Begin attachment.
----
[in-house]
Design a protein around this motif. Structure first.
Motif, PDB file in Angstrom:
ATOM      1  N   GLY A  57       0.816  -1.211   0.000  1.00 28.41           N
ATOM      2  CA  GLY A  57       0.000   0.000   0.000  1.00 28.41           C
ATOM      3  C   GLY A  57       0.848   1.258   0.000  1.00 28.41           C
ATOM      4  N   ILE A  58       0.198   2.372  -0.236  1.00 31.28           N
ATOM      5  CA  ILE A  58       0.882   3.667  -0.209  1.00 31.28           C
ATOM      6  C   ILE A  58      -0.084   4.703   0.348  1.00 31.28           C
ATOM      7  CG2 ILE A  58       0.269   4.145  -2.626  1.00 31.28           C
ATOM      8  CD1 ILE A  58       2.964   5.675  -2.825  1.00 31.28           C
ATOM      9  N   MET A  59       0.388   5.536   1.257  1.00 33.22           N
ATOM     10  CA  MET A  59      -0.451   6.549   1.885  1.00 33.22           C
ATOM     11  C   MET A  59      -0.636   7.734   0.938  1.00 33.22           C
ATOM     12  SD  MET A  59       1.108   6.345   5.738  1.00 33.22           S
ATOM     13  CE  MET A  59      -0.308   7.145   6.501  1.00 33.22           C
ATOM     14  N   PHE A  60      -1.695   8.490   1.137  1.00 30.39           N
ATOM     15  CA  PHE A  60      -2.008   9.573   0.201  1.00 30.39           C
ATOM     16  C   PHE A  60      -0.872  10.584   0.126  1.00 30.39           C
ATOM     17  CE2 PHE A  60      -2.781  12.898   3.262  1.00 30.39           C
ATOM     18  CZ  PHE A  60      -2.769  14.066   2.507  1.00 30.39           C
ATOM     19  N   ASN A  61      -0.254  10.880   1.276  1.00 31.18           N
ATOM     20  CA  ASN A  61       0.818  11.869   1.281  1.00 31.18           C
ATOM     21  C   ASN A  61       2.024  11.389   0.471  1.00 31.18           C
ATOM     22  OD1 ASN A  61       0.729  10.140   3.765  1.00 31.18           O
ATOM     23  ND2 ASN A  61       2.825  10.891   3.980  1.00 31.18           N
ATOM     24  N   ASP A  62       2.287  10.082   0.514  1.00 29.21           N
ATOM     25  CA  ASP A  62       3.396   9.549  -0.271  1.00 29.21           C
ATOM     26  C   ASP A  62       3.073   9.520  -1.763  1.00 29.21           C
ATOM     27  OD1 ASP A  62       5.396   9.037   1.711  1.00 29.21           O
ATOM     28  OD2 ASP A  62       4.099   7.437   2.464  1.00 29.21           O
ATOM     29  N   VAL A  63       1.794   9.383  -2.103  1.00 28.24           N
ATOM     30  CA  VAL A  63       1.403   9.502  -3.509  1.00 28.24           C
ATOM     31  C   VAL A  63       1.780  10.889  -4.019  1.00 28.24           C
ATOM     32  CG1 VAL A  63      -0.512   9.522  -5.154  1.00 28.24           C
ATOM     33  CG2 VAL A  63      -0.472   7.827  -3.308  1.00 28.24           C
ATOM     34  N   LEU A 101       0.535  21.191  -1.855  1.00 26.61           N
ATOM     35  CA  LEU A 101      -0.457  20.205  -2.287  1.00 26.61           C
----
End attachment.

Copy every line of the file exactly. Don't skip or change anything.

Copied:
[in-house]
Design a protein around this motif. Structure first.
Motif, PDB file in Angstrom:
ATOM      1  N   GLY A  57       0.816  -1.211   0.000  1.00 28.41           N
ATOM      2  CA  GLY A  57       0.000   0.000   0.000  1.00 28.41           C
ATOM      3  C   GLY A  57       0.848   1.258   0.000  1.00 28.41           C
ATOM      4  N   ILE A  58       0.198   2.372  -0.236  1.00 31.28           N
ATOM      5  CA  ILE A  58       0.882   3.667  -0.209  1.00 31.28           C
ATOM      6  C   ILE A  58      -0.084   4.703   0.348  1.00 31.28           C
ATOM      7  CG2 ILE A  58       0.269   4.145  -2.626  1.00 31.28           C
ATOM      8  CD1 ILE A  58       2.964   5.675  -2.825  1.00 31.28           C
ATOM      9  N   MET A  59       0.388   5.536   1.257  1.00 33.22           N
ATOM     10  CA  MET A  59      -0.451   6.549   1.885  1.00 33.22           C
ATOM     11  C   MET A  59      -0.636   7.734   0.938  1.00 33.22           C
ATOM     12  SD  MET A  59       1.108   6.345   5.738  1.00 33.22           S
ATOM     13  CE  MET A  59      -0.308   7.145   6.501  1.00 33.22           C
ATOM     14  N   PHE A  60      -1.695   8.490   1.137  1.00 30.39           N
ATOM     15  CA  PHE A  60      -2.008   9.573   0.201  1.00 30.39           C
ATOM     16  C   PHE A  60      -0.872  10.584   0.126  1.00 30.39           C
ATOM     17  CE2 PHE A  60      -2.781  12.898   3.262  1.00 30.39           C
ATOM     18  CZ  PHE A  60      -2.769  14.066   2.507  1.00 30.39           C
ATOM     19  N   ASN A  61      -0.254  10.880   1.276  1.00 31.18           N
ATOM     20  CA  ASN A  61       0.818  11.869   1.281  1.00 31.18           C
ATOM     21  C   ASN A  61       2.024  11.389   0.471  1.00 31.18           C
ATOM     22  OD1 ASN A  61       0.729  10.140   3.765  1.00 31.18           O
ATOM     23  ND2 ASN A  61       2.825  10.891   3.980  1.00 31.18           N
ATOM     24  N   ASP A  62       2.287  10.082   0.514  1.00 29.21           N
ATOM     25  CA  ASP A  62       3.396   9.549  -0.271  1.00 29.21           C
ATOM     26  C   ASP A  62       3.073   9.520  -1.763  1.00 29.21           C
ATOM     27  OD1 ASP A  62       5.396   9.037   1.711  1.00 29.21           O
ATOM     28  OD2 ASP A  62       4.099   7.437   2.464  1.00 29.21           O
ATOM     29  N   VAL A  63       1.794   9.383  -2.103  1.00 28.24           N
ATOM     30  CA  VAL A  63       1.403   9.502  -3.509  1.00 28.24           C
ATOM     31  C   VAL A  63       1.780  10.889  -4.019  1.00 28.24           C
ATOM     32  CG1 VAL A  63      -0.512   9.522  -5.154  1.00 28.24           C
ATOM     33  CG2 VAL A  63      -0.472   7.827  -3.308  1.00 28.24           C
ATOM     34  N   LEU A 101       0.535  21.191  -1.855  1.00 26.61           N
ATOM     35  CA  LEU A 101      -0.457  20.205  -2.287  1.00 26.61           C